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dc.creatorO'Hanlon, Nancy
dc.identifier.citationO'Hanlon, Nancy. "Net knowledge: Performance of new college students on an Internet skills proficiency test," Internet and Higher Education 5, no. 1 (2002): 55-66.en_US
dc.description.abstractThis article reviews recent data on computing and information literacy (research) skills of new college students and describes results from an Internet skills proficiency test administered to several groups of freshmen during the 2000 summer orientation at The Ohio State University. While students often self-report a high level of skill, tests as well as anecdotal evidence may not support this assertion. Further, technological preparedness varies by race, class, gender, and academic background. Only 9% of the Ohio State freshmen taking a three-part proficiency test achieved a passing score of 70% on the entire test. More of these students (30%) passed the first part on use of Internet tools; their performance was poorest (16%) on the second part, searching skills. College administrators must not assume student competence, but rather, should systematically assess incoming students and provide a variety of learning opportunities. Appendix provides most difficult test questions.en_US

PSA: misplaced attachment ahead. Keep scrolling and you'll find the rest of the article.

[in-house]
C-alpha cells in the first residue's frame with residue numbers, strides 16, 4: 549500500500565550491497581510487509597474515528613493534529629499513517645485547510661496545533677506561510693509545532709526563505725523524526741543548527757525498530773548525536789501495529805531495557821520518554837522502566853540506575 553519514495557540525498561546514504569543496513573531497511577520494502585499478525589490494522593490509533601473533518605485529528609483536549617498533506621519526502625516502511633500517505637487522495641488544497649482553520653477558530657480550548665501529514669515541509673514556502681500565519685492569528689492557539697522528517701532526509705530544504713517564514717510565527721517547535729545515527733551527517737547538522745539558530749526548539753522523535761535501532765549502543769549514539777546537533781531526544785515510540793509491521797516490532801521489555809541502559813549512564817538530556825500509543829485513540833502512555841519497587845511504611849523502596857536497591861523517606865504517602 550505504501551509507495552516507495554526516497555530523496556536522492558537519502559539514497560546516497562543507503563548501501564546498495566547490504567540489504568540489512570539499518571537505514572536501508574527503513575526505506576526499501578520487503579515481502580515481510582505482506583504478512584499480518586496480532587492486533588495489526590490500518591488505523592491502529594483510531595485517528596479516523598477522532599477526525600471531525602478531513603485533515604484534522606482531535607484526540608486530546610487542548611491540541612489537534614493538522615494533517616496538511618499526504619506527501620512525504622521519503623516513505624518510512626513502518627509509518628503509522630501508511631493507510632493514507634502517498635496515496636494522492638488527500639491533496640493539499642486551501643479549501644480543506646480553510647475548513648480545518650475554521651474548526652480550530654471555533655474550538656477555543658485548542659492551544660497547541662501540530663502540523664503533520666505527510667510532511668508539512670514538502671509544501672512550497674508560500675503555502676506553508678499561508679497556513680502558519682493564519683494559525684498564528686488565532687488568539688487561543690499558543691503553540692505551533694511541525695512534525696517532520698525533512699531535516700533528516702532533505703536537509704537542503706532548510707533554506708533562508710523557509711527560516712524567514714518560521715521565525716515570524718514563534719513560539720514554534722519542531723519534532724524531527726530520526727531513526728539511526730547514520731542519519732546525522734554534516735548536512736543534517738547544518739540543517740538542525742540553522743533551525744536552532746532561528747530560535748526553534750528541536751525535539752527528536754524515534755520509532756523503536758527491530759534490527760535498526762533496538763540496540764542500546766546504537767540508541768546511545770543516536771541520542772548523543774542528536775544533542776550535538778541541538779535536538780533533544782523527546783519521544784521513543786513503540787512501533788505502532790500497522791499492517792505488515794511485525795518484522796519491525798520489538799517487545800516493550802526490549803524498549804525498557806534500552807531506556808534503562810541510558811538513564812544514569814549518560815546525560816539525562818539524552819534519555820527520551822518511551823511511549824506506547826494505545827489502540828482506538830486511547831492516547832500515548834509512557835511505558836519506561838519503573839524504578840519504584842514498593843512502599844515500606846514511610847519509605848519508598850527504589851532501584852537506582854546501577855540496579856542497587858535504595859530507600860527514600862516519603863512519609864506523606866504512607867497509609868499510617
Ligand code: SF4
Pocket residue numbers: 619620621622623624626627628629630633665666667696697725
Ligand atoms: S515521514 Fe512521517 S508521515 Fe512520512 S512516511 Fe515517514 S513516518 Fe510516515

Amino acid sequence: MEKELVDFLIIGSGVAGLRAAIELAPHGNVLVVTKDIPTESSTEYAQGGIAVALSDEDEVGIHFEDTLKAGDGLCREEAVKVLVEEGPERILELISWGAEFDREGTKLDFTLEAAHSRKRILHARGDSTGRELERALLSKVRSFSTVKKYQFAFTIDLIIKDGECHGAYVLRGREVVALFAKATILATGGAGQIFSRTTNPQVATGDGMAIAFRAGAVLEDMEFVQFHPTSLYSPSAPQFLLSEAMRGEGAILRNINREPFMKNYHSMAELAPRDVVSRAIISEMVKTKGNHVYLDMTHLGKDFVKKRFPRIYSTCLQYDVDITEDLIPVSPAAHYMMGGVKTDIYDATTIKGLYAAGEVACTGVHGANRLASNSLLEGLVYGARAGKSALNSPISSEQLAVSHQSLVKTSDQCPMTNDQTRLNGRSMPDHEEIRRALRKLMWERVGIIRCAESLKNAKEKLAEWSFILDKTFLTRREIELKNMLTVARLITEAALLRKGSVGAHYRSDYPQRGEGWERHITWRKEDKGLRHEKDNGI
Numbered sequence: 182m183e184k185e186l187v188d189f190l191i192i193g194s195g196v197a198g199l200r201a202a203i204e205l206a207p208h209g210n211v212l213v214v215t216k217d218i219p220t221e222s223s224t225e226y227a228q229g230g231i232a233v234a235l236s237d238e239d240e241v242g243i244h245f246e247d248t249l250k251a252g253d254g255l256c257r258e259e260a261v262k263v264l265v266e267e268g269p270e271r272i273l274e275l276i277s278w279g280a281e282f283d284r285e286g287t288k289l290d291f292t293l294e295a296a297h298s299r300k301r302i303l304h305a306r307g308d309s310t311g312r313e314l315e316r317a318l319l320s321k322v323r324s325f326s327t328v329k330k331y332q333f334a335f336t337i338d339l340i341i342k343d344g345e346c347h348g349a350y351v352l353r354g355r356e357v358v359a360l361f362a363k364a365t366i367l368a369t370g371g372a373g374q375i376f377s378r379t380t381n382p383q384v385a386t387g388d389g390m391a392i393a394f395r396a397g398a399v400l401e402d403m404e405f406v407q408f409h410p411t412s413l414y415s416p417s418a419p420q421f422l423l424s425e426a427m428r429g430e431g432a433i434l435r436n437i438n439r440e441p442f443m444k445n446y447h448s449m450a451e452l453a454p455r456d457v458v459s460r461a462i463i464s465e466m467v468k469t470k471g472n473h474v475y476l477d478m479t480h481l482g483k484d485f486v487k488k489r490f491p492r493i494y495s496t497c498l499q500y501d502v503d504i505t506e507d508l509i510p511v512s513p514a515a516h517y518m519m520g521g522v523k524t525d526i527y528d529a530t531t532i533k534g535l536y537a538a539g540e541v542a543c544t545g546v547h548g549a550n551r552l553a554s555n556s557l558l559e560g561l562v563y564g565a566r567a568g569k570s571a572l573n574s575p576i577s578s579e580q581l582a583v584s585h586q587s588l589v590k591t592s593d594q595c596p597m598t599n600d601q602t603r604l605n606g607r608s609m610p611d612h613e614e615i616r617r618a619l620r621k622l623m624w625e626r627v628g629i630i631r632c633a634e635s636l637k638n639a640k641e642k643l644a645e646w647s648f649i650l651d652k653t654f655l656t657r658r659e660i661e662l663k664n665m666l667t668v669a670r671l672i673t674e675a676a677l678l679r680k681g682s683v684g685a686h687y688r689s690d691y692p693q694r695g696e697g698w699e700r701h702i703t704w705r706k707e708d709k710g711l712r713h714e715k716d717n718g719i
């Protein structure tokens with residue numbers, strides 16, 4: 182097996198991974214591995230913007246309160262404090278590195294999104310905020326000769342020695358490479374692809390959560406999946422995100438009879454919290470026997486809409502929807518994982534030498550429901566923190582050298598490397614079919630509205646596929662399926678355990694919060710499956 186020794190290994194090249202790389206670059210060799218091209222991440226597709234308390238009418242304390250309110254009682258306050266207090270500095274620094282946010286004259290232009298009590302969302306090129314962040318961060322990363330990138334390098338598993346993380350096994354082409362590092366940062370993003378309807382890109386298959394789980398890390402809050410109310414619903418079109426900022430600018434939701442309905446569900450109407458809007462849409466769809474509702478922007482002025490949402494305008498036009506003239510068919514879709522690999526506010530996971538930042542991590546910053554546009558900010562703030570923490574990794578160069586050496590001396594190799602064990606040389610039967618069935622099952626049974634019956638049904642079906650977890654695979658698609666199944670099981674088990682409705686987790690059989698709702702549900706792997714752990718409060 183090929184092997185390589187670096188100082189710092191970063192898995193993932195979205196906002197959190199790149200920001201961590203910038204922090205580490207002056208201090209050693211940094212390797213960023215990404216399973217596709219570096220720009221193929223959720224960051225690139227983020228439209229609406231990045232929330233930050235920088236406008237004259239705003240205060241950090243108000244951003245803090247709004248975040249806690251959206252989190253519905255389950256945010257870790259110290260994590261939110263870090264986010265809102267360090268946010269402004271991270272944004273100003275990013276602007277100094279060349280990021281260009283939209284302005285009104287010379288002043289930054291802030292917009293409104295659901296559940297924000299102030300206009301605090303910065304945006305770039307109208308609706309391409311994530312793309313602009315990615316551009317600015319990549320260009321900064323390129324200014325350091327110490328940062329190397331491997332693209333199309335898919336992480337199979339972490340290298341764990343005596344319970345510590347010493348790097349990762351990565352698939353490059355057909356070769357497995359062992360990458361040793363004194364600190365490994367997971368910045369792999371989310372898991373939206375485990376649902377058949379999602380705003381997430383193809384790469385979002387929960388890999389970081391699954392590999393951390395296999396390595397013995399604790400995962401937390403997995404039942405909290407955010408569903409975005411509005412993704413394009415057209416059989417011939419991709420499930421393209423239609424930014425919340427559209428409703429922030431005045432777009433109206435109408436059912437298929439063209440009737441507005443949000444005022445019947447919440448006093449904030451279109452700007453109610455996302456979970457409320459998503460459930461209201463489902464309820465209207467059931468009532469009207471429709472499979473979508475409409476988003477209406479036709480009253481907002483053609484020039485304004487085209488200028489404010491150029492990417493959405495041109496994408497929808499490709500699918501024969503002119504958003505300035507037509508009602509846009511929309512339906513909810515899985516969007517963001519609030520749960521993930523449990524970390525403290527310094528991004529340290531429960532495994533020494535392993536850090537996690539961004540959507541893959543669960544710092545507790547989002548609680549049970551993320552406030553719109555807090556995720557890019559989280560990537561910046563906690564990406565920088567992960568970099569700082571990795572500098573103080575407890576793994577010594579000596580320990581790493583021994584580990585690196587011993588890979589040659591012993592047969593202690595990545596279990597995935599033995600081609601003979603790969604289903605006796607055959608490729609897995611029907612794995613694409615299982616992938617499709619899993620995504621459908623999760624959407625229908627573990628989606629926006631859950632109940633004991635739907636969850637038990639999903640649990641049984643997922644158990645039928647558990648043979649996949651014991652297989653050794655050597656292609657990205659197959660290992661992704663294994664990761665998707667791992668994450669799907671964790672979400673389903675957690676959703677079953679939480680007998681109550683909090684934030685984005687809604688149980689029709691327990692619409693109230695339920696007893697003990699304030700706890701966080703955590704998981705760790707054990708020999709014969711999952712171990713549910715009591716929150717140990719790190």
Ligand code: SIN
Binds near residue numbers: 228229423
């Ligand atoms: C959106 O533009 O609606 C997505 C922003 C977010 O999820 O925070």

dc.subjectInternet skills proficiency testen_US
dc.subjectnew college studentsen_US
dc.subjectsearch skillsen_US
dc.titleNet knowledge: Performance of new college students on an Internet skills proficiency testen_US
dc.rights.ccAttribution-NonCommercial-NoDerivs 3.0 Unporteden_US

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